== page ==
So, what now? In our Chicago, being a superhero is a trade. It’s an industry. A lot of these people have been working for COWL for ten years. If the organization goes away, what are they going to do for work?
CA: Can you talk about the period and location setting? They’re hardly arbitrary. Why Chicago and why the 1960s?
KH: Chicago’s political history is incredibly fascinating, especially in the ’60s. At that time, between the political machine and the Mayor’s relationship with the unions, it’s a fantastic setting that really grounds our story. Originally, when I first started exploring the concept of organized heroes, I was writing it as a modern day piece… and it was a comedy. It was only after Alec and I set it in the 1960s that it took on a more serious tone and a lot of the ethical questions started to come out. Combine that with the rise of Marvel Comics and the flawed heroes of the Silver Age… it all works quite well. The fact that Alec and I are from Chicago doesn’t hurt, either.
CA: There’s also more super stuff going on in COWL than one might expect from the premise. Can you talk about striking the balance between an adventure comic and an ensemble drama? Issue one really rides the line. Is superpower action a challenge when you’re dealing with themes like those in COWL?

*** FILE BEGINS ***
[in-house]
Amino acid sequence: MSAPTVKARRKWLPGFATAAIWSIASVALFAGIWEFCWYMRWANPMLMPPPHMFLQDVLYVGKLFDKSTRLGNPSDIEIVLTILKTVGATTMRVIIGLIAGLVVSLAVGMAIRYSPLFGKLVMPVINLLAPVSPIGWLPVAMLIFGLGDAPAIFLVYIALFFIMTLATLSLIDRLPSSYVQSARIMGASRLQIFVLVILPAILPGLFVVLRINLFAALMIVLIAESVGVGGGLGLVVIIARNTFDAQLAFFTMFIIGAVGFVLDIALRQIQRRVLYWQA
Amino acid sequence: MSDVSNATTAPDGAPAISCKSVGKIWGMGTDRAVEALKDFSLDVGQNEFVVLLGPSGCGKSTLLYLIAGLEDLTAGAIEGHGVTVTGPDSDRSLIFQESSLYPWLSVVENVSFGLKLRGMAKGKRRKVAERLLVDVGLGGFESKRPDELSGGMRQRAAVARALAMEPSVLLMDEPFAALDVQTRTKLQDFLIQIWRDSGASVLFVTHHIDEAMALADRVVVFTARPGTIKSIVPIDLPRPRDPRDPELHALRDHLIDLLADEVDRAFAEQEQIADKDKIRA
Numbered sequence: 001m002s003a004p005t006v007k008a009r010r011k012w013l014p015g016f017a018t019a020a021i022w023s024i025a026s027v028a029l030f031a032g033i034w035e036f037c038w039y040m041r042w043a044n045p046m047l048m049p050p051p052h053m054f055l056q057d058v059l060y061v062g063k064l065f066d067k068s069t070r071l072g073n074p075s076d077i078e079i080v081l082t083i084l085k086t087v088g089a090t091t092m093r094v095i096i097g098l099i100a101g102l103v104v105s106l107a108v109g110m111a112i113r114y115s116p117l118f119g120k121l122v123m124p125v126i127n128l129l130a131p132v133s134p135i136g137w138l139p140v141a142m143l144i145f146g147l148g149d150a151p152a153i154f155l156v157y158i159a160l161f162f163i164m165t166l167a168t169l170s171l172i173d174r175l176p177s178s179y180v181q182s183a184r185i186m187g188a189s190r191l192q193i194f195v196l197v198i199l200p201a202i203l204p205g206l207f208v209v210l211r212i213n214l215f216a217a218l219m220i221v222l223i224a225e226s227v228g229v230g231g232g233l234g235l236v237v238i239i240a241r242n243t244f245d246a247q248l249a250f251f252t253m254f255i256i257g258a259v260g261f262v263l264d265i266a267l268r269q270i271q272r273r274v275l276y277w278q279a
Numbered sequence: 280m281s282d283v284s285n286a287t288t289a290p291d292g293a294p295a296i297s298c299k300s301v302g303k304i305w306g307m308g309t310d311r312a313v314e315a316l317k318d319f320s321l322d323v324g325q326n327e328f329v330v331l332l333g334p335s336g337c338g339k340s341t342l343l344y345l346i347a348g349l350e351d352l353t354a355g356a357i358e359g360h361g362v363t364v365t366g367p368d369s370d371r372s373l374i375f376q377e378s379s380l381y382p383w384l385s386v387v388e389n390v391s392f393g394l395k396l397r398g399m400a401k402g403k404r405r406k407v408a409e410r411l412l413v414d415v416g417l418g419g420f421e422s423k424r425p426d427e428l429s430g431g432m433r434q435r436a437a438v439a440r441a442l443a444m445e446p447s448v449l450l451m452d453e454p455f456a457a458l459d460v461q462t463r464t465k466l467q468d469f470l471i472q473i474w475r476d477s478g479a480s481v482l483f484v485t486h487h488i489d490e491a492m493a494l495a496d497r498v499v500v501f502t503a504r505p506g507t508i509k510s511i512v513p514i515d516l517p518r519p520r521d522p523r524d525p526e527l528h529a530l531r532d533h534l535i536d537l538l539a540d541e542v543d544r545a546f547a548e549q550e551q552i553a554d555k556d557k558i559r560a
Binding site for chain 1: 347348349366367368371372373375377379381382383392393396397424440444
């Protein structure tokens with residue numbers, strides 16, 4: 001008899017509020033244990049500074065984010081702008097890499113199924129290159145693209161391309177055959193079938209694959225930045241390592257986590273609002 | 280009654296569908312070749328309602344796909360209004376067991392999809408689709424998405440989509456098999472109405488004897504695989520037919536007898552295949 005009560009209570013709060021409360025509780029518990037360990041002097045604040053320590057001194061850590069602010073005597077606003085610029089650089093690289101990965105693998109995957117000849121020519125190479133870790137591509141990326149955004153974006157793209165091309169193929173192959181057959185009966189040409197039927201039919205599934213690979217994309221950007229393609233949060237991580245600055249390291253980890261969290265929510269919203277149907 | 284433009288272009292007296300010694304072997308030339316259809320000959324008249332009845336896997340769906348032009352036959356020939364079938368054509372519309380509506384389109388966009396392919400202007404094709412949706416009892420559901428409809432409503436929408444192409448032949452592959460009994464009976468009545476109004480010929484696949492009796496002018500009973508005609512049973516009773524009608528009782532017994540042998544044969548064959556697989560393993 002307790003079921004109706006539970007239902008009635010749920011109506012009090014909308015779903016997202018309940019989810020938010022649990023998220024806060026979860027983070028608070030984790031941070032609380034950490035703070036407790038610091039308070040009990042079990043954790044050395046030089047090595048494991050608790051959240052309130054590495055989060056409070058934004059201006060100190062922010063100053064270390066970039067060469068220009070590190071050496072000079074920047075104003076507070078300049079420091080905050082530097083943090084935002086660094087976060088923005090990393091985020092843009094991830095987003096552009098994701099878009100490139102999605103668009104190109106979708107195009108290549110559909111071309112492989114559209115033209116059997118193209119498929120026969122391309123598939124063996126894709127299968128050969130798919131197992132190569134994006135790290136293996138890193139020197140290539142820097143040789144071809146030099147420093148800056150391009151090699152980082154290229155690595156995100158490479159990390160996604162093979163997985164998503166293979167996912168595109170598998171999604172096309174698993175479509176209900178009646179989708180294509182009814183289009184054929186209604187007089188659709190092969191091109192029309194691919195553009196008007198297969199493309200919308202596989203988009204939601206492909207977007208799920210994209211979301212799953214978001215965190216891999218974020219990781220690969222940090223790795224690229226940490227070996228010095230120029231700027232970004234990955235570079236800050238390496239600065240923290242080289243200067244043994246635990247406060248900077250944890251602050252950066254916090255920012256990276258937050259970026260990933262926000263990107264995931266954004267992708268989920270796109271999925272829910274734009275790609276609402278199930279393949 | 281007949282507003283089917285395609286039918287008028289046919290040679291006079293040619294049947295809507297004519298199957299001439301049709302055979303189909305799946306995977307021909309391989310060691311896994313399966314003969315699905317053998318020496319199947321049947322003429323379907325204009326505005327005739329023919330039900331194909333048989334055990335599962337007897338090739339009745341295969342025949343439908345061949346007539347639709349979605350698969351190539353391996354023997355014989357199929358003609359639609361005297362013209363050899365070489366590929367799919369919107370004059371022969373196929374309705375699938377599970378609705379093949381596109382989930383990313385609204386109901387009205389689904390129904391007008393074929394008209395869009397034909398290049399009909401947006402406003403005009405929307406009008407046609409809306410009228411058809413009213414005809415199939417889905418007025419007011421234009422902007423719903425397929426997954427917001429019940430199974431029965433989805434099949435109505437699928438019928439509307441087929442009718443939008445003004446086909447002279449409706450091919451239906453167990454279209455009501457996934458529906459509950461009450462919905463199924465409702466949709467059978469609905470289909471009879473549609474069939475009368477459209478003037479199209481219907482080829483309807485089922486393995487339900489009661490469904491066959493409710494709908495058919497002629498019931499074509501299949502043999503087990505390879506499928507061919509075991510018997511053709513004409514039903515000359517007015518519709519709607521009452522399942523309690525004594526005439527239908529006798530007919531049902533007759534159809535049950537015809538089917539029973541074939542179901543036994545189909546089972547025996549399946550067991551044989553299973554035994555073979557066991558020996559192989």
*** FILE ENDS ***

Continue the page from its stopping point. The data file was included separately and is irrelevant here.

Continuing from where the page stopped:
KH: Well, as much fun as a comic book devoted entirely to labor negotiations and pension plans might be… I don’t think the world is quite ready for that yet. From the get go, we knew we wanted super powers and action. It was just a matter of how much, and what type. If you take a look at our big action sequence in the first issue, characters break bones, falls and impacts kill. We like grounded action that has consequences. The character relationships are the most fun to write, but the premise does revolve around these people being classified as superheroes. Seeing what makes them super, and how they operate is important. Especially as we see things start to fall apart.